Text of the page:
I was watching an episode of Anthony Bourdain: Parts Unknown recently, and he was in Vegas at a fancy José Andrés restaurant-within-a-restaurant that had roughly two and a half seats and likely charged hundreds upon hundreds of dollars for a single meal. Bourdain was presented with an "egg" that was not an egg, but was, in fact, some kind of truffle dish made to LOOK like an egg. It looked really good. I would like to eat that one day. The problem, of course, is that I never will.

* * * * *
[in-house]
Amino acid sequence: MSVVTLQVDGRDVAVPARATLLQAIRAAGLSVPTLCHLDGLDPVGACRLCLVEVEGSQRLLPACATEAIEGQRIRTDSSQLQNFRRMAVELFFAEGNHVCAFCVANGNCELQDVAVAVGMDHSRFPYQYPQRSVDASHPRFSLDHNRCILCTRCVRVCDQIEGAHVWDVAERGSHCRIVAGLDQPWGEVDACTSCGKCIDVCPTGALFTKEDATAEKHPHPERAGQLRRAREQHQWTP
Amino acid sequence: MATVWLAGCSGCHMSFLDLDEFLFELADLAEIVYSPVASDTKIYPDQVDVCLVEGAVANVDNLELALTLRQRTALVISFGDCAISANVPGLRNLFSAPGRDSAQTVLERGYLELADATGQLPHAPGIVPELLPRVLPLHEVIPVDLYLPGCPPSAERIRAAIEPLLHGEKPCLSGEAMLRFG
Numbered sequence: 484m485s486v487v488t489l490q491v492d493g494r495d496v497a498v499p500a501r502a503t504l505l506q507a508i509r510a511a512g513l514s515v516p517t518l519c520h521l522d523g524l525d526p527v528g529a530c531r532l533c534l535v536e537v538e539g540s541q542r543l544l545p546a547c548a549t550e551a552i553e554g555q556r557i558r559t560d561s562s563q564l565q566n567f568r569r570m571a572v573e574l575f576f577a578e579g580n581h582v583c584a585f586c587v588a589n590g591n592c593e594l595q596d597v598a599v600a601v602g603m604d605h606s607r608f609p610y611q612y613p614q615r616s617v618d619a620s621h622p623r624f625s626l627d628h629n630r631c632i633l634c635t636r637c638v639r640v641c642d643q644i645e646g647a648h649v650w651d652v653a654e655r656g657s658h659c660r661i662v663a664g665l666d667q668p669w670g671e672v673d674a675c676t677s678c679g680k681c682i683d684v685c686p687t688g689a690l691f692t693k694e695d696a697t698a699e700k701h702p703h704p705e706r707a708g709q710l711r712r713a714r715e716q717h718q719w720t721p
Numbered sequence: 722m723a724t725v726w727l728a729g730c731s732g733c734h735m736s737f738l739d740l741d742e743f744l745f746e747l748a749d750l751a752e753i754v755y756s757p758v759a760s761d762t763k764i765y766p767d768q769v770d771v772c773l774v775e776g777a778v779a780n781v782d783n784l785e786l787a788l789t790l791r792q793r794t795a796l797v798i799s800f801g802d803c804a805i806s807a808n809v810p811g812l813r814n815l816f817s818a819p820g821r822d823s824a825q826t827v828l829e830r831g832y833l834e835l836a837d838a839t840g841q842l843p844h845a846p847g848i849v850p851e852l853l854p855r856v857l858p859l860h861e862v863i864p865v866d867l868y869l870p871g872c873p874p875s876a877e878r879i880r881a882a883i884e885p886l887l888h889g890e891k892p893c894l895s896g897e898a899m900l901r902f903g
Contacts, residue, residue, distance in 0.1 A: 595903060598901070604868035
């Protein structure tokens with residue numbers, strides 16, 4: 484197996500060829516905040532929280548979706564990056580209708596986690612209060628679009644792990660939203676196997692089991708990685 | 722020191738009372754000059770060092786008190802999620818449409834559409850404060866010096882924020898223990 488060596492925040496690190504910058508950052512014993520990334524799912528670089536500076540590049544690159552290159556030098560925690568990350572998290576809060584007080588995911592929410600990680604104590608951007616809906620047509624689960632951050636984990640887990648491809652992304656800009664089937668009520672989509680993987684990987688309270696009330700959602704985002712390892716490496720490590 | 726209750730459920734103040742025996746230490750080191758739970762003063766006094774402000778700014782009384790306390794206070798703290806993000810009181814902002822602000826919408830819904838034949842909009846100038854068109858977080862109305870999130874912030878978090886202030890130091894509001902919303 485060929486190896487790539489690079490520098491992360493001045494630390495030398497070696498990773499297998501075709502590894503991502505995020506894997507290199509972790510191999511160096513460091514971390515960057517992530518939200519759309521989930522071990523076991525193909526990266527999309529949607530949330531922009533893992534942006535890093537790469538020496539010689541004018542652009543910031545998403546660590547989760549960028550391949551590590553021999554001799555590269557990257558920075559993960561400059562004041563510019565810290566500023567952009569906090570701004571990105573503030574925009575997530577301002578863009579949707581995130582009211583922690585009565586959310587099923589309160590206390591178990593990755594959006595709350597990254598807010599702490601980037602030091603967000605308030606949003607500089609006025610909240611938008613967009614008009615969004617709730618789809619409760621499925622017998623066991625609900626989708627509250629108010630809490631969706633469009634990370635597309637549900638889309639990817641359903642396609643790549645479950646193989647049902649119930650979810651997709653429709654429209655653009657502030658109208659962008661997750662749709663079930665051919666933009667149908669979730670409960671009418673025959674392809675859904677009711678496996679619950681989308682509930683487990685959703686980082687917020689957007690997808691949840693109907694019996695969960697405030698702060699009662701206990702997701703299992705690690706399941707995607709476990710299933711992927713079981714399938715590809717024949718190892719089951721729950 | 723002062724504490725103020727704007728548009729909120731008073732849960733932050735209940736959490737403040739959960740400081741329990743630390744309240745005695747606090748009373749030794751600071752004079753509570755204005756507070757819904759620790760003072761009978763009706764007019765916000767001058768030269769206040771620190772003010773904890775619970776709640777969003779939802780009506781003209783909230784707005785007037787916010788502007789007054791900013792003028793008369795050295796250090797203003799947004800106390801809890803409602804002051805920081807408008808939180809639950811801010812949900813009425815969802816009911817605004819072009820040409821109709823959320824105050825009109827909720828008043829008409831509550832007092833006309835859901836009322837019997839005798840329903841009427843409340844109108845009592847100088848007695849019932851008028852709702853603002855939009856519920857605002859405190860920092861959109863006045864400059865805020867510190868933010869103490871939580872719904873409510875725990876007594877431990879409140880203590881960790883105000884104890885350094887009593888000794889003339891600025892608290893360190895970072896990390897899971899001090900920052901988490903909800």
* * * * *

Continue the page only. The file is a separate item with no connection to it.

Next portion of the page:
Slate once made fun of food writers and TV people who ventured over to Spain to eat at the world-famous El Bulli restaurant, all so they could tell you about eating at a place you'll never get within 50 miles of even seeing (the restaurant is now closed for good). That "I Ate at El Bulli" syndrome has now mutated and branched out to any number of fabulous, utterly inaccessible places around the globe: Noma in Denmark, Alinea in Chicago, etc. The shrines are multiplying. These are all $200-a-head joints run by some modest-but-insane savant (often Spanish) working with 68 dead-silent acolytes in a pristine kitchen/lab, and the chef is always a man hell-bent on using food to change your PERCEPTIONS of the universe, and the media follow suit in praising their efforts. "It looks like an ordinary strawberry, and then you take a bite and realize… CARROT PUREE. O ho ho, such whimsy!"